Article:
There is a theory among TNR people that as a species, the cats are working against our best efforts by increasing their fertility as we try to lower their numbers. Years ago, we never saw a litter of more than 4 kittens. Now, litters of 6 and 7 are very common. We also are encountering a larger number of females in the colonies. Hmmm.

In the last two weeks:

  • On 4/29 we sent 19 ferals to DCAS, 12 females and 7 males.
  • On 4/30 we sent 5 ferals to ADOPT, all 5 were female.
  • On 5/6 we sent 15 ferals to DCAS, 10 females and 6 males. We always wish a safe, happy home for the cats - one of the females of this trip was showing signs of being friendly and the caretaker had said that he would take her in if that was the case – Saturday, our volunteer brought a crate with when she returned Margie and set her up in a room. Five minutes away, she got a call from the caretaker, cat was out of crate (not our instructions 😊) and loving on him already, she has a permanent home now.
  • On 5/7 we sent 3 friendlies, 1 feral to ADOPT, 2 females, 2 males. Unfortunately, the feral male had a severe head abscess and many other injuries while being hard FIV+ which would impact any hope of healing and he was euthanized. We relay this information so that it is clear that neutering saves lives – if this cat was neutered, he wouldn't have had the fighting behaviors that resulted in his injuries and FIV status.

Too often, there are kittens in a colony that we are unaware of prior to trapping. From late PM on 5/5 to late PM on 5/6 three kittens were discovered in and out of a completely crammed garage and shed. In the 5/6 trip there were 3 females from one location, they came back from surgery with notes that one was 6 years old, one was in heat and one was lactating. On 5/7 we tried putting the kittens with the lactating female – she was not thrilled but was letting them climb all over her. We decided to risk it, sent them off to a mom & babies foster and by early 5/8 heard the great news that all were nursing and the babies were tasting the canned food already!

You can see how hard we're working, this brings us to a total of 116 cats in April, 19 cats so far in May, 177 so far in 2021 and 12,626 since our start in 2007. Last year it was so hard to get surgery slots, by the end of May we had done only 95 cats in 2020. In 2019, by the end of May we had done 157 – so we're still ahead of when things were "normal"! Many thanks to Karen, April, Cheri, Laura, Edie, Mark, Diane, Kim for facilitating trapping, in addition to all the caretakers who are trapping! Thank you to our transporters – Debbie, Charli, Dedra, Karen, April! It takes a lot of people to accomplish this work!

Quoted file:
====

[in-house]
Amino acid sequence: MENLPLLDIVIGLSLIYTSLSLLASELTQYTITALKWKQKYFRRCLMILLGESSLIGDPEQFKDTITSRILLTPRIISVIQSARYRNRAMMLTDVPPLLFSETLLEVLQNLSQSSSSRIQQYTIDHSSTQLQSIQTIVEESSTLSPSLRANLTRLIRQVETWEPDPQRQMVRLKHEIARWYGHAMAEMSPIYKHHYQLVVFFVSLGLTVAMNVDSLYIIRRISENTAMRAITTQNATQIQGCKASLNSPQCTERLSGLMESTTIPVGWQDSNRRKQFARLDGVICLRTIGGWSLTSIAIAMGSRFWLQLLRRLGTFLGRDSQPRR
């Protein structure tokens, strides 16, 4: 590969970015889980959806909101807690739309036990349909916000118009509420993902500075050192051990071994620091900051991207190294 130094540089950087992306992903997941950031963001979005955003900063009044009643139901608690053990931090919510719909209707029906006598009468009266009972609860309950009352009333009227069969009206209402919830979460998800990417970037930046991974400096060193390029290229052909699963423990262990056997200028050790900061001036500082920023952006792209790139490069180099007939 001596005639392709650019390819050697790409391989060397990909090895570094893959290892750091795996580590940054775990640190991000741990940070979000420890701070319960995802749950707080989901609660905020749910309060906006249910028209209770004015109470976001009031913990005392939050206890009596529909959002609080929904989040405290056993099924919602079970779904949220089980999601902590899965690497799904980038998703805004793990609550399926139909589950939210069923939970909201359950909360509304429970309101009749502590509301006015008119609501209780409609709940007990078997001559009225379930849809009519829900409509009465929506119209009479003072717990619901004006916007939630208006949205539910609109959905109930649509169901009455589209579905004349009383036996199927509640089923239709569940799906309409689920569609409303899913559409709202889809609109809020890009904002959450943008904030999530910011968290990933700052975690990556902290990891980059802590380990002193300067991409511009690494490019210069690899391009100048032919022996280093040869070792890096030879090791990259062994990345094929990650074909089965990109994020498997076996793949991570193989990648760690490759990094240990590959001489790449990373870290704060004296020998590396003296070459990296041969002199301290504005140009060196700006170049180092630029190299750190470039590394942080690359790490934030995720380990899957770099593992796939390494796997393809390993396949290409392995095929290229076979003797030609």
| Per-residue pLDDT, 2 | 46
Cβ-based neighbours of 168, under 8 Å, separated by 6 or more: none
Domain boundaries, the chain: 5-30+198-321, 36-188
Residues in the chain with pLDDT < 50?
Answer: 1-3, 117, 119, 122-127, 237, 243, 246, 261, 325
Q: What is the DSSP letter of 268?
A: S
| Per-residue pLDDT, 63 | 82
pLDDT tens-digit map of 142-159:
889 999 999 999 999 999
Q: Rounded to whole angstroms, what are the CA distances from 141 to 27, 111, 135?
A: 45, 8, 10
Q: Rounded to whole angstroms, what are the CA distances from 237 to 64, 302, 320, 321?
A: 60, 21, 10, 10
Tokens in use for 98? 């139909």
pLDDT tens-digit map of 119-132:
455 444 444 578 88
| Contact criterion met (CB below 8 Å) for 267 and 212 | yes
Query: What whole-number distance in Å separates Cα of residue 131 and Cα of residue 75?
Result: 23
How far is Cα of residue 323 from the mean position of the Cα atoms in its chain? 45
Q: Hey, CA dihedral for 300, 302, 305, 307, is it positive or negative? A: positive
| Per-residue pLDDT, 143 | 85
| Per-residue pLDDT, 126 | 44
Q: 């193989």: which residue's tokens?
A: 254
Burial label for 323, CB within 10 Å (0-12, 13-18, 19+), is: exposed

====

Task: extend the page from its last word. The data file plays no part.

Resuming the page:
19 cats already done! The TNR room is so calm... 
Bryan & Margie

Thank you for doing YOUR part!

Fund Our Ferals' Futures Fundraisers A Success!

Our fundraisers were successful! Our DuPage Giving Days raised a total of over $8,000 (final figures for an additional pool of funds not available yet) and our Giving Grid met the goal of $10,000 (with a matching of $10,000). This will help us continue to work on our building and definitely fund the purchase of our ISO cages (below). And, of course, keep the lights on, water flowing and the garbage collected – all those things associated with property upkeep!

Our ISO Room Has Cages!

(From Sue Lee)

We now have cages in our ISO room! The Shor-Line cages arrived on Thursday, 5/6. Debbie was there to receive them, and Larry and Karen promptly moved them into the building and got them unboxed.

Today, Saturday, 5/8, a team of folks including Larry, Laura and Vicki figured out all of the puzzle pieces and got them assembled. A special challenge was getting them properly aligned so the doors open and close smoothly. Thanks to Larry's, Vicki's and Laura's ingenuity and determination, the cages are looking and functioning nicely.

A few tasks remain - swapping the direction the door swings on 6 of the cages to accommodate the room configuration and installing the cat portals connecting two pairs of cages. Challenges for another day!

Many thanks to Larry, Laura, Vicki, Karen and Debbie for their help with this project!


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